The Biden Family’s Alleged $31 Million of China-Linked Business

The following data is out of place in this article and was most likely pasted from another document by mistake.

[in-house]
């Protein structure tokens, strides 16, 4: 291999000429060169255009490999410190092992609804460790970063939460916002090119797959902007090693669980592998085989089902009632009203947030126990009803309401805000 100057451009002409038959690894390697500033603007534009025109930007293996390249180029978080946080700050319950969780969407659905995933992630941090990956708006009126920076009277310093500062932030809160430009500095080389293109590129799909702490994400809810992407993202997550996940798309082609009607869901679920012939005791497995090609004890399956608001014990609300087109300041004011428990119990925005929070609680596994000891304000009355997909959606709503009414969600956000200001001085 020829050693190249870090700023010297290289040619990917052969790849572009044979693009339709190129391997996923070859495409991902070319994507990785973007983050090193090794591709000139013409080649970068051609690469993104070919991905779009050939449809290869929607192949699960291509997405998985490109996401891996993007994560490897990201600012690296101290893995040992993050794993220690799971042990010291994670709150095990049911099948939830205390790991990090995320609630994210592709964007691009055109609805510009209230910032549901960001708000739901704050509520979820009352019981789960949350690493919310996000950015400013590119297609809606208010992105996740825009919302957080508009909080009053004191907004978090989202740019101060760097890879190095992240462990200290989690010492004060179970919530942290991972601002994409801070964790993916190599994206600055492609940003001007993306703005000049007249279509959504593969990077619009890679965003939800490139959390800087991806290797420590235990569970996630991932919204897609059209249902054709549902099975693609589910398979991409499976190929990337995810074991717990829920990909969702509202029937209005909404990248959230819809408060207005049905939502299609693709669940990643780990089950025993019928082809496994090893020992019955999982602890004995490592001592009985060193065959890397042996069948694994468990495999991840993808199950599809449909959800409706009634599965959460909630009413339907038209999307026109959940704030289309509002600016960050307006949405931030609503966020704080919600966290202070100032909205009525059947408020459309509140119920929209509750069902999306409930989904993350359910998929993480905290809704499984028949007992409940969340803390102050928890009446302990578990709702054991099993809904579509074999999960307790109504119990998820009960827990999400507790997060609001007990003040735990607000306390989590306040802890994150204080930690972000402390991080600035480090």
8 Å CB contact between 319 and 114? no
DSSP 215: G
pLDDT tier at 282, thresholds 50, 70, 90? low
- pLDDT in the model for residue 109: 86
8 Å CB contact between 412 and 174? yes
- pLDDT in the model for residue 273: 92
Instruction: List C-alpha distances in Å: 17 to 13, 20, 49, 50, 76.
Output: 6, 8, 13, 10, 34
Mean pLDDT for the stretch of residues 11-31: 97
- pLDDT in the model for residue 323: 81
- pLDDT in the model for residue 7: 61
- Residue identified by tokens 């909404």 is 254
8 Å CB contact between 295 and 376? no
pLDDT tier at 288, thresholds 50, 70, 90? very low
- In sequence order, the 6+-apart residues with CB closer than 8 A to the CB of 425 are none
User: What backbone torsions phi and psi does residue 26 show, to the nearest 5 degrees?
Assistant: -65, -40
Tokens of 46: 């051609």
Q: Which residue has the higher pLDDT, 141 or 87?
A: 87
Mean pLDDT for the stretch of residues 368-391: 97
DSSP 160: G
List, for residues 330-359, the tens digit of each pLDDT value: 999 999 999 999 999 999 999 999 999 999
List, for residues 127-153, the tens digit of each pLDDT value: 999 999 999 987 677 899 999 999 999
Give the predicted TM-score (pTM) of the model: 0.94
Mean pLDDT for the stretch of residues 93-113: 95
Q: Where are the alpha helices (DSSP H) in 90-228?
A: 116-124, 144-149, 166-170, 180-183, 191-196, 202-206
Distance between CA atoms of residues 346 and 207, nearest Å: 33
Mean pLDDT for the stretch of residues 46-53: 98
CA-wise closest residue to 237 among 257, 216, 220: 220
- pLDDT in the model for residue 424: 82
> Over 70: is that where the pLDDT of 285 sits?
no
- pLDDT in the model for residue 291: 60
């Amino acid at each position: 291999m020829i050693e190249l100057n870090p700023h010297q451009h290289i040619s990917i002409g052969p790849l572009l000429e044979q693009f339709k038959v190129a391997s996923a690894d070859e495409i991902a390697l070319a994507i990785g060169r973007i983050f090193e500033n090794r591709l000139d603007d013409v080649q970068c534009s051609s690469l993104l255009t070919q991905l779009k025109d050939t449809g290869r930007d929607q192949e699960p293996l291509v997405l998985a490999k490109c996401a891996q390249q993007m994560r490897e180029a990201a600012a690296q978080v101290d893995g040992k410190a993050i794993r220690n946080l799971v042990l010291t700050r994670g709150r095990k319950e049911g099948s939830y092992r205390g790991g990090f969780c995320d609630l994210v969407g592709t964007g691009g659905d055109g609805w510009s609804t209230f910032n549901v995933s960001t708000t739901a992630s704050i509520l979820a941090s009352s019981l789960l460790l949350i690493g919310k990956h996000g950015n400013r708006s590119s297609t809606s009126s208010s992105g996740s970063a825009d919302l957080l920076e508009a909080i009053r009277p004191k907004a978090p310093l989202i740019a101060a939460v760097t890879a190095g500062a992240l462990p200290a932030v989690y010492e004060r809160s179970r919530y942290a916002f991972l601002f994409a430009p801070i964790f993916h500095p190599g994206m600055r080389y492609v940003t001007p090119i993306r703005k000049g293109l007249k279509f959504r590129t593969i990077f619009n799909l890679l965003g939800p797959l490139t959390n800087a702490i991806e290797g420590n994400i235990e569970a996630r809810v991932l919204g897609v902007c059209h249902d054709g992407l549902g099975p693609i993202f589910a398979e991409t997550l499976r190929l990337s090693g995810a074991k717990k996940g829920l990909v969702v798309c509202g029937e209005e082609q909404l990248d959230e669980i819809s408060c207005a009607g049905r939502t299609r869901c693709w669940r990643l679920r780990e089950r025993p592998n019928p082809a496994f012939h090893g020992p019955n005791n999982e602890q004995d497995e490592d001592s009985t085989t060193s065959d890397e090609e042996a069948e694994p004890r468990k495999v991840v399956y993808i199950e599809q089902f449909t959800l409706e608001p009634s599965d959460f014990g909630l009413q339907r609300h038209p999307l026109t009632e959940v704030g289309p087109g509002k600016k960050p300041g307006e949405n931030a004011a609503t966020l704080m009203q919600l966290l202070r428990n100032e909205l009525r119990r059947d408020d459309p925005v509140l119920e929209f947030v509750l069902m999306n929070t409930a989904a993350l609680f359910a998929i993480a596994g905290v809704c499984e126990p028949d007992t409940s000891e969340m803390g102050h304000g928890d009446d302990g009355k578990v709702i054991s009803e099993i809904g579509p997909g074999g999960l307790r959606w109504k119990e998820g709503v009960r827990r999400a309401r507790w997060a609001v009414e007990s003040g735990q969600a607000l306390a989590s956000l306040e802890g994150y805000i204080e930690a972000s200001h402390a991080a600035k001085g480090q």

News Analysis In an era of superpower competition with Russia and even more so China, there is nothing more important than the integrity of politics in America’s capital city. Why? Because America is currently the only country in the world capable of defending democracy globally from the totalitarian threats emanating from Beijing and Moscow. Yet the integrity of American politics is allegedly akin to rotting Swiss cheese. The latest from Peter Schweizer, an expert on dirty money in American politics, are revelations of an alleged $31 million in deals between America’s presidential family and individuals linked to China’s intelligence services. The mainstream media and academia, most of whom are Democrats, typically suppress or ignore this kind of news, because they want the Democrats to win in the 2022 midterm elections and the 2024 presidential election. Who they think among the anti-defense spending Democrats could be a reasonable president in 2024, given the rising threat of China and Russia, is a mystery. But they’re looking the other way on the Biden administration’s many problems, when for Donald Trump, they amplified the allegations of collusion with Russia, for example. The Mueller investigation didn’t find much. The mainstream media rightly covered former President Trump’s links to Chinese business, such as the 34 trademarks that Beijing awarded to companies linked to Trump and his daughter, Ivanka, in 2018. (Beijing: Surprise! Somebody not on the payroll just got elected. Better fix that pronto!) But the mainstream suppressed news of the Biden family’s China deals, and America’s top social media, Twitter and Facebook, even suppressed posts about them, right before the election. This apparent election interference most likely gifted the presidency to Joe Biden in a manner that to Republicans, can seem undemocratic. A survey by the Media Research Center shortly after the 2020 election found that 17 percent of Biden voters, enough to change the result, would not have voted for the Biden-Harris ticket had they known about even one of eight suppressed stories, including the family’s alleged business links worth potentially “tens of millions of dollars in profits” to the Chinese Communist Party (CCP). Hunter Biden embraces his father, President-elect Joe Biden, in Wilmington, Del., on Nov. 7, 2020. (Andrew Harnik/Pool/AP Photo) There should be laws against such suppression of news during an election, especially by social media companies that are used by voters of both parties to express their personal views. Twitter’s former CEO, Jack Dorsey, made a half-hearted admission of a mistake in October 2020, but the damage continued. Biden was elected, in part through the gargantuan efforts of most mainstream print and social media to skew the facts. After the election, Trump wrongly called on his supporters to “fight.” He said the word about 20 times in his speech on Jan. 6, 2021. His supporters felt the election had been rigged, and started invading the Capitol grounds even before the speech had ended. Trump riled up the crowd too much, and didn’t do enough to stop them from illegally entering the Capitol building, which is the sacred center of American democracy. It should be inviolable. But political polarization, in which news outlets of both conservatives and progressives selectively report the facts, is also to blame. They unfairly slant and suppress the news in a manner that arguably threw the election to a challenger, which is rare in American politics. Of 45 presidents in American history, only 10 have lost after the first term. Trump supporters’ shock and dismay at this upset, especially given their knowledge of the alleged Biden-China deals, is understandable. The Wall Street Journal was a welcome exception to biased coverage leading up to the elections. The Journal covered allegations of both Biden and Trump’s China ties. Taking to the Streets to Stop Corruption What can be done to fix the more general partisan media coverage, the swamp of corruption in Washington, and the swamp creatures of different parties flinging mud at each other, while promising to drain the mucky source of their fun? First, we as voters need to realize that it is the rare swamp creature who wants to drain the swamp. The swamp is where the swamp creatures live and thrive, and they couldn’t survive without that green muck called money. We cannot expect most of our politicians to fix the problem of which they are a part. And so, voters must take the issue to the streets. We will have to paint placards and drag ourselves outside to peacefully protest, nonviolently and legally, in order to get the point across: no more corruption, including legalized corruption, in Washington by the media, anywhere, anyhow. How Corruption Grows From the Local Level Achieving the demand is not so simple. Corruption starts at the local level, when first-time city councilors and county representatives learn that to get ah